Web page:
History of Disco


Disco is one of those complicated terms that means different things to different people. Most of us probably associate disco with the movie Saturday Night Fever and a phase of popular music and fashion that was isolated in the 1970s, but this perception does not fully define disco itself. In fact, disco music is a part of the ongoing story of electronic dance music, one that evolved into something else rather than ending and being just a phase in the early 1980s. In this article, we are going to find out everything about disco music and how it changed the world. 


Disco music and culture developed in numerous different countries such as in North America and Europe in the late 1960s. New York City was particularly a lush ground for disco, However, places such as Paris, Berlin and many other cities also had played their fair share of deeply important roles when it comes to disco music.

In Europe, disco music has a noticeably electronic sound that has influences from avant-garde groups, such as Tangerine Dream and Kraftwork. And in the United States, disco music has more funk, soul, blues, and R&B vibes, while having evident close ties to both the gay culture African-American community. And at some point, even if they seem completely different from each other, European and American disco eventually influenced one another, while also moving in different paths.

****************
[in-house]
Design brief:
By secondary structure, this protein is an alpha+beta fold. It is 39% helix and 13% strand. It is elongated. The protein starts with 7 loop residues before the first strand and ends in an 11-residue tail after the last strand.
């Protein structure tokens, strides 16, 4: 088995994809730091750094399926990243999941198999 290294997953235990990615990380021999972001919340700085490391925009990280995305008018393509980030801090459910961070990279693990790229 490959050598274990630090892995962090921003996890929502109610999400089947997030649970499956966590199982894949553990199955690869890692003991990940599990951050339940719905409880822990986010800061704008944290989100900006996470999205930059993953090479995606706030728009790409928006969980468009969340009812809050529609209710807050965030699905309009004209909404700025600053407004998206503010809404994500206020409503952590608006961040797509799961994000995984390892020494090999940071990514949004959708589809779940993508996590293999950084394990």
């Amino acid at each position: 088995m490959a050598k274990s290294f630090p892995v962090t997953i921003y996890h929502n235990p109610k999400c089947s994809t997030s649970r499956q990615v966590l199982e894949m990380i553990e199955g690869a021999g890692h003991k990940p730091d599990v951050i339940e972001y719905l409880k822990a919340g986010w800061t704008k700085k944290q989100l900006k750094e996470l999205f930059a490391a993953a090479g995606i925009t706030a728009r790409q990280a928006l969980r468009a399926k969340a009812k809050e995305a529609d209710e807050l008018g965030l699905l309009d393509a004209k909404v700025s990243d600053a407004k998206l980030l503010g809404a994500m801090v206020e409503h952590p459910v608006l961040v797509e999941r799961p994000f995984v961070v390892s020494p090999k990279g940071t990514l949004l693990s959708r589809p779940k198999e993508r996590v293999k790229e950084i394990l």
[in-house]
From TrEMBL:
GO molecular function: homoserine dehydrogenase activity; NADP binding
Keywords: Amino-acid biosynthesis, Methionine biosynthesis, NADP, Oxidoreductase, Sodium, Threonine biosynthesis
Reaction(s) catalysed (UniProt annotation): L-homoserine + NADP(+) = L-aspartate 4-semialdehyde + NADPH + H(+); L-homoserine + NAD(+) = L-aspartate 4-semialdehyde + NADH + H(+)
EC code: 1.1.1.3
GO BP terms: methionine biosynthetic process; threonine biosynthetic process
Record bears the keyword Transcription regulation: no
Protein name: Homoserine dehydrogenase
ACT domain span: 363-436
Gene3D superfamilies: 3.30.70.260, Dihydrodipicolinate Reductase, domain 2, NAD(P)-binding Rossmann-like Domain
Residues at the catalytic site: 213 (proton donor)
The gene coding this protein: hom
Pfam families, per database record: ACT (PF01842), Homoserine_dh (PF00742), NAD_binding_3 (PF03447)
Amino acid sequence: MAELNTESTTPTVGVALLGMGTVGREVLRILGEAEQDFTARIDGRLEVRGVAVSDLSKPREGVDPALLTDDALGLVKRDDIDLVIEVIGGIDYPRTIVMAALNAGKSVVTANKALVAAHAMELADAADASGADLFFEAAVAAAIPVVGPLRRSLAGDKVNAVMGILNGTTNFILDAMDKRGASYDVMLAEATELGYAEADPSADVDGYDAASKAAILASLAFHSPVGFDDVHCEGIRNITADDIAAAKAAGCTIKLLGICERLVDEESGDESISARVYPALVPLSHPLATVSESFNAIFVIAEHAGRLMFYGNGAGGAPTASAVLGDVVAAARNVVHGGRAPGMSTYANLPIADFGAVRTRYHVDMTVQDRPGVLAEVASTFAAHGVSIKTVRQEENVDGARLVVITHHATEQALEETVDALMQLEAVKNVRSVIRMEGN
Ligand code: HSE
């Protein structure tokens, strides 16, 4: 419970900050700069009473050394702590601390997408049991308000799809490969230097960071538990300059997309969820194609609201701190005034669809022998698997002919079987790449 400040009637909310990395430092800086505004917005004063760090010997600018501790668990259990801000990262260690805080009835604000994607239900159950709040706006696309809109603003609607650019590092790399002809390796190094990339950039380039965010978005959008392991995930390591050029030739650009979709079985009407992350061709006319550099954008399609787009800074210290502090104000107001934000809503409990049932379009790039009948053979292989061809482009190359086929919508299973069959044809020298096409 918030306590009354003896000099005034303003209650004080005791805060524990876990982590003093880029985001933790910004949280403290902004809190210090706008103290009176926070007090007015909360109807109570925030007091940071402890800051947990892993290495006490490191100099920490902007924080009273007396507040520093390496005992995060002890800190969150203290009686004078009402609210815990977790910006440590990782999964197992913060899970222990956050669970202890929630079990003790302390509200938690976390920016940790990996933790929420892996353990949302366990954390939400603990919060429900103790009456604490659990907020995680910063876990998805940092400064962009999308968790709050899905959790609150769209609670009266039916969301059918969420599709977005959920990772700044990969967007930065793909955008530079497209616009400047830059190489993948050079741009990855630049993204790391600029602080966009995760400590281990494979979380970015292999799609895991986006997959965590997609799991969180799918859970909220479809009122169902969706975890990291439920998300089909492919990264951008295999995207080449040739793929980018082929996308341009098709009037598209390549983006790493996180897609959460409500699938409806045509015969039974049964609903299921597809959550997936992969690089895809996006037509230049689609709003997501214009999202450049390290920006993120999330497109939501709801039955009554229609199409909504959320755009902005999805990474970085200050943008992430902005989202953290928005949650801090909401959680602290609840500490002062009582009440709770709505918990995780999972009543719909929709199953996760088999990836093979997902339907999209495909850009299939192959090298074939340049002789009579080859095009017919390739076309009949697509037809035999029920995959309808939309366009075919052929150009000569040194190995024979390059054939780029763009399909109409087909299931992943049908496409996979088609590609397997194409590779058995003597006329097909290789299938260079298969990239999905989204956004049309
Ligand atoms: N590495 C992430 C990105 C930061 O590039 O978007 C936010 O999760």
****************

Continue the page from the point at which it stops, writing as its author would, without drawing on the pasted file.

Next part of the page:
The word disco came from the word discotheque, back in the ‘80s this term was used to call a dance club. This term makes perfect sense because the dance club acts as a cultural and social place that was as relevant to the disco music itself. During this time, small clubs and private party spaces in New York City and Berlin, with a good sound system and who could rent knowledgeable DJs, can host late-night dance parties without having to think about hiring a live band.

In New York City, these kinds of disco clubs were vital for the gay community, because they needed a space that is free from violence, judgment, and harassment. These discotheques were just as important as the music that emerged from these spaces.

Since these dance clubs or discotheques are designed for all-night dancing, the music is required to be consistent, beat-driven and made specifically for dancing. This resulted in disco music being away from the long-established ‘verse-chorus-verse’ song structures and turned into expansive, open-ended tracks that could be remixed by DJs.

This progressed in some circles until concluding in the house and techno genres of the 1980s. In Europe, electronic dance music saw success by going in the opposite direction and re-establishing itself into the more pop-friendly synth-pop genres in the 1980s.

The Rise of Disco in the 1970s

Even if disco began very much like an underground phenomenon, the genre emerged into the mainstream scene during the mid-1970s. Disco stars like the Bee Gees, Abba, and Gloria Gaynor, experienced massive success throughout the ‘70s, this also brought disco music out of the clubs and onto the charts and pop radio at the same time disco clubs became a popular entertaining area for millions of people outside of the original underground scene.